If you’re a .NET developer who is interested in machine learning, there has never been a better time to get acquainted with ML.NET. This post isn’t meant to provide an exhaustive treatment of ML.NET, but to introduce it, show the basics of building ML models with it, and hopefully whet your appetite enough to motivate you to learn more on your own. There are plenty of great resources available online, including  the official ML.NET documentation, a GitHub repo containing ML.NET samples, and the ML.NET cookbook.

Sentiment Analysis with ML.NET

The C# code below uses ML.NET to build and train a sentiment-analysis model. It’s equivalent to the Python example I presented in my post on sentiment analysis with Scikit-learn:

var context = new MLContext(seed: 0);

// Load the data
var data = context.Data.LoadFromTextFile("reviews.csv",
    hasHeader: true, separatorChar: ',', allowQuoting: true);

// Split the data into a training set and a test set
var trainTestData = context.Data.TrainTestSplit(data,
    testFraction: 0.2, seed: 0);
var trainData = trainTestData.TrainSet;
var testData = trainTestData.TestSet;

// Build and train the model
var pipeline = context.Transforms.Text.FeaturizeText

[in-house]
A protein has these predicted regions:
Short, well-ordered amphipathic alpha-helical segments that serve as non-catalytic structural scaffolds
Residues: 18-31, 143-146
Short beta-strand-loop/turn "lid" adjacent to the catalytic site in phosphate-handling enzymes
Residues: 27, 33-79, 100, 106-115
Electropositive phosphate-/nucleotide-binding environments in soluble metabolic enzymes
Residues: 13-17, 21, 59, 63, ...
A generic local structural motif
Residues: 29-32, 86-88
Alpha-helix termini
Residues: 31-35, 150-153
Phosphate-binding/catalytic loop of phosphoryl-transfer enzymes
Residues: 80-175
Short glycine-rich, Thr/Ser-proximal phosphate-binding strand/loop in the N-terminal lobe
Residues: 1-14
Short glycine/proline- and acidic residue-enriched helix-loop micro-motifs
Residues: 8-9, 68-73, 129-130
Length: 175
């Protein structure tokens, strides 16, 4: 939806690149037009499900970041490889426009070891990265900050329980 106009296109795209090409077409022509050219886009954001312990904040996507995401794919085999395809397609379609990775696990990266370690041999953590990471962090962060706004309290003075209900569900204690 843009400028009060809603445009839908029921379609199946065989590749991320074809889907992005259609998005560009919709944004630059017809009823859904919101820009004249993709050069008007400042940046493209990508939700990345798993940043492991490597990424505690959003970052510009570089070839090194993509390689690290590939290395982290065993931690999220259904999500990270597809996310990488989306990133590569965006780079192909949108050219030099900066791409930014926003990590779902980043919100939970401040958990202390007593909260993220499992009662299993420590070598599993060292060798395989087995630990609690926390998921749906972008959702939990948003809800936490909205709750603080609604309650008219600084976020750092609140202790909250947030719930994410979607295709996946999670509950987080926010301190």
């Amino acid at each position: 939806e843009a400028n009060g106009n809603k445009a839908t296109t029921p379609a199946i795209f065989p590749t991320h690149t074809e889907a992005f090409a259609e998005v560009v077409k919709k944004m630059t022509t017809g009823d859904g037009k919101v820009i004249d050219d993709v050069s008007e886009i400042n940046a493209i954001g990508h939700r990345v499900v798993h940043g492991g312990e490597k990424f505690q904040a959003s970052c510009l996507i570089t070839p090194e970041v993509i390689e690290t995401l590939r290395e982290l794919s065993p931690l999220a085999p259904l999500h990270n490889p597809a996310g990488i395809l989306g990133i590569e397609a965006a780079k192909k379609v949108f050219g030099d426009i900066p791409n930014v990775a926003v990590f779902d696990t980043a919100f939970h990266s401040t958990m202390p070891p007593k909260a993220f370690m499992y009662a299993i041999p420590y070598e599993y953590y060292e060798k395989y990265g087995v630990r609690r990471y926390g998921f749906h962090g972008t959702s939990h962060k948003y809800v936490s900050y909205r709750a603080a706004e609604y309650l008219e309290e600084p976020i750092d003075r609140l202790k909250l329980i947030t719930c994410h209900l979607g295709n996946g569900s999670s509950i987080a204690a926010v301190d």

(outputColumnName: "Features", inputColumnName: "Text")

var model = pipeline.Fit(trainData);

// Evaluate the model
var predictions = model.Transform(testData);
var metrics = context.BinaryClassification.Evaluate(predictions);
Console.WriteLine($"AUC: {metrics.AreaUnderPrecisionRecallCurve:P2}");

// Score a line of text for sentiment
var predictor = context.Model.CreatePredictionEngine(model);
var input = new Input { Text = "Among the best movies I have ever seen"};
var prediction = predictor.Predict(input);
Console.WriteLine($"Sentiment score: {prediction.Probability}");

Every ML.NET app begins by creating an instance of the MLContext class. The seed parameter initializes the random-number generator used by ML.NET so you get repeatable results from one run to the next. MLContext exposes a number of properties through which large parts of the ML.NET API are accessed. You see an example of this in the call to LoadFromTextFile, which is a DataOperationsCatalog method accessed through MLContext’s Data property.

LoadFromTextFile is one of several methods ML.NET provides for loading data from text files, databases, and other data sources. It returns a data view, which is an object that implements the IDataView interface. Data views in ML.NET are similar to DataFrames in Pandas, with one important difference. Whereas DataFrames have to fit in memory, data views do not. Internally, data views use a SQL-like cursor to access data. This means they can wrap a theoretically unlimited amount of data. That’s why ML.NET was able to process the entire Amazon dataset referenced in the chart above, while Scikit was not.